SB 180, the bill intended to shore up religious freedom protections for business owners, is receiving harsh criticism from much of the media. Last week, the Kentucky New Era (KNE), a Western Kentucky newspaper, lambasted SB 180 through its editorial “Don’t give business prejudice a loophole.” It sounds good at first blush. After all, who supports prejudicial business practices? But after one better understands the issue, the headline doesn’t pass muster. The editorial claims SB 180 would “legalize discrimination against gay and lesbian Kentuckians—and perhaps others.” The bill does no such thing.
SB 180, which passed the Senate last week by a vote of 22-16, is a measure to protect the religious freedom of business owners who are being coerced by the state to service events (think same-sex weddings) they find morally objectionable. A person is not an event. A wedding is. And that’s primarily what SB 180 addresses. It protects the conscience rights of those business owners who believe participating in a same-sex marriage is sacrilegious. The KNE spins hypotheticals yet to materialize as reasons to oppose the legislation. Christian business owners who’ve had heavy fines exacted upon them don’t have such luxuries.
Consider Elaine Huguenin, a New Mexico photographer who was fined, $6600 for refusing to do a photo shoot of a lesbian wedding. Robert and Cynthia Gifford, a Catholic couple in New York, were fined $13,000 for refusing to rent their facility for a same-sex wedding. Oregon bakers Tim and Melissa Klein were fined $135,000 for refusing to bake a wedding cake for a same-sex ceremony. Washington florist Barronelle Stutzman faces losing her business and entire life savings for refusing to provide a floral arrangement for a same-sex wedding. Here in Kentucky, Hands on Originals owner Blaine Adamson spent two years of legal proceedings for refusing to print T-shirts for an LGBT parade. Many more examples exist, but if there is any discrimination happening it is clearly against Christians who are operating their businesses according to their conscience.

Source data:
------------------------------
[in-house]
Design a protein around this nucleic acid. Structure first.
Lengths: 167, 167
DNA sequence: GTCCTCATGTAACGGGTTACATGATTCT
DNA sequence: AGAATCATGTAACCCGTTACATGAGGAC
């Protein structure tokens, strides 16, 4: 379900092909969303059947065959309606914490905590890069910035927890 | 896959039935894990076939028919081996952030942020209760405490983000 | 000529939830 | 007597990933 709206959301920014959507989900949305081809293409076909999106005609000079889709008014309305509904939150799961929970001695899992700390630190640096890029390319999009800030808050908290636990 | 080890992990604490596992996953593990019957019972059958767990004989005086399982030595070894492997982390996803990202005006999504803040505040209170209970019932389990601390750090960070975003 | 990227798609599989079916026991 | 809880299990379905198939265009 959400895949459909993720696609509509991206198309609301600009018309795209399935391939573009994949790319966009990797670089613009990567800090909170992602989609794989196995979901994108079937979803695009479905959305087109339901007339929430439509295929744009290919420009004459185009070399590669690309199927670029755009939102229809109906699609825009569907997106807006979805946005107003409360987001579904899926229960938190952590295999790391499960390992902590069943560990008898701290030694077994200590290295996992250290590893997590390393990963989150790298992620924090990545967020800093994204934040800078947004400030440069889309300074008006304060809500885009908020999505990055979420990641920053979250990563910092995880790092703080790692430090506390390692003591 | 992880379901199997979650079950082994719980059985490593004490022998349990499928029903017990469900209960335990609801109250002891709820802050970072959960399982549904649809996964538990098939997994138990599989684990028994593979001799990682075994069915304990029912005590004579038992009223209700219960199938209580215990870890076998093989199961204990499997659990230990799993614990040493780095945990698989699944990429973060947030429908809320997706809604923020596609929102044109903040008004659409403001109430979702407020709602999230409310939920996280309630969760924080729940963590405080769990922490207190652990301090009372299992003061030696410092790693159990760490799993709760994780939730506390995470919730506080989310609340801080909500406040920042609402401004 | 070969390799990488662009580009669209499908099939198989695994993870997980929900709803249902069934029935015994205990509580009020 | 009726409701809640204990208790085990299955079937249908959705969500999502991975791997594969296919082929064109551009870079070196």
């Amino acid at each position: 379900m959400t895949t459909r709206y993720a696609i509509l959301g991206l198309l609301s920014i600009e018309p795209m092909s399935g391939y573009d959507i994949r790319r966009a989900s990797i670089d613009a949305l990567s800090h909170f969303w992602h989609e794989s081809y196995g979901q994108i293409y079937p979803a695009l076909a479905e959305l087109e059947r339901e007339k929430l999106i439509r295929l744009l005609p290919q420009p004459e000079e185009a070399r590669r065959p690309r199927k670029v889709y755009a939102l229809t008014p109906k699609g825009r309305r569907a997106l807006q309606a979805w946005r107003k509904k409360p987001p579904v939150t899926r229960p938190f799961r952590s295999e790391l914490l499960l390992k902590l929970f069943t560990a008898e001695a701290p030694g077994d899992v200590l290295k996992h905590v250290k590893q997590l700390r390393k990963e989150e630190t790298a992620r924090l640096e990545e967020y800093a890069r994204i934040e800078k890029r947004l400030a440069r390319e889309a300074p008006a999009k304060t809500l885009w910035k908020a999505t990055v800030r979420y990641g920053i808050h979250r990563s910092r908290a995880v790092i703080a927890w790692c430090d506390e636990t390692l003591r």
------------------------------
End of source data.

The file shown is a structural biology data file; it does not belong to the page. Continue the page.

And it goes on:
Taking deeply personal pictures of a couple’s wedding ceremony is very different from selling film to a homosexual who wants to take pictures of that event. Baking a cake for a self-identified homosexual or lesbian is different from asking a baker to ice a wedding cake with celebratory messages of a gay union. Selling flowers to a homosexual is quite different from creating floral arrangements sprucing up a same-sex wedding often with messages celebrating that union.
We are not talking about individuals refusing to provide goods or services to homosexuals. The issue is over conscience rights and whether some citizens should be forced to accommodate and participate in an event that violates their religious convictions. It’s a distinction that some may not understand or even agree with, but it’s a distinction nonetheless. And one whose appeal is protected by the First Amendment to the U.S. Constitution which protects people from conveying messages in which they disagree.
According to the editorial “it is not appropriate for a business owner to impose his or her beliefs on customers who want to have access to a community’s full marketplace and not just part of it.” Absent a fixed moral benchmark such rhetoric is foolish and dangerous. Are we really to believe that business owners should acquiesces to every customer demand? Isn’t the Jewish deli owner imposing his or her belief when they decline to serve a Neo-Nazi sponsored event? Aren’t leaders in a Christian church imposing their belief when they refuse to allow a same-sex couple to wed in their sanctuary?
A balanced editorial would have reported that conservative Christians believe that marriage isn’t just people; it is a religious ceremony between two people of the opposite sex. Fair coverage would remind us that opponents of same-sex marriage were told for years that they would not be forced to approve of gay marriage. Live and let live, remember? Business owners were assured they’d not be required to accommodate gay weddings. Pastors were promised they’d never have to officiate one. That was then, this is now.
Deception masquerading as truth has reached its zenith and intolerance camouflaged as tolerance assaults First Amendment guarantees of freedom of religion. Crippling fines end business owners aspirations. Aggressive blacklisting marginalizes political opponents as bigots and drives them from the workplace. And a county clerk goes to jail for refusing to sign her name to a certificate decreeing marriages no one imagined possible or acceptable even a few years ago.
If this is our new found idea of freedom, may God unshackle us from our imbecility. In the meantime, SB 180 needs to pass.
Richard Nelson is the executive director of the Commonwealth Policy Center, a nonpartisan public policy group. He resides in Cadiz, Kentucky with his wife and children.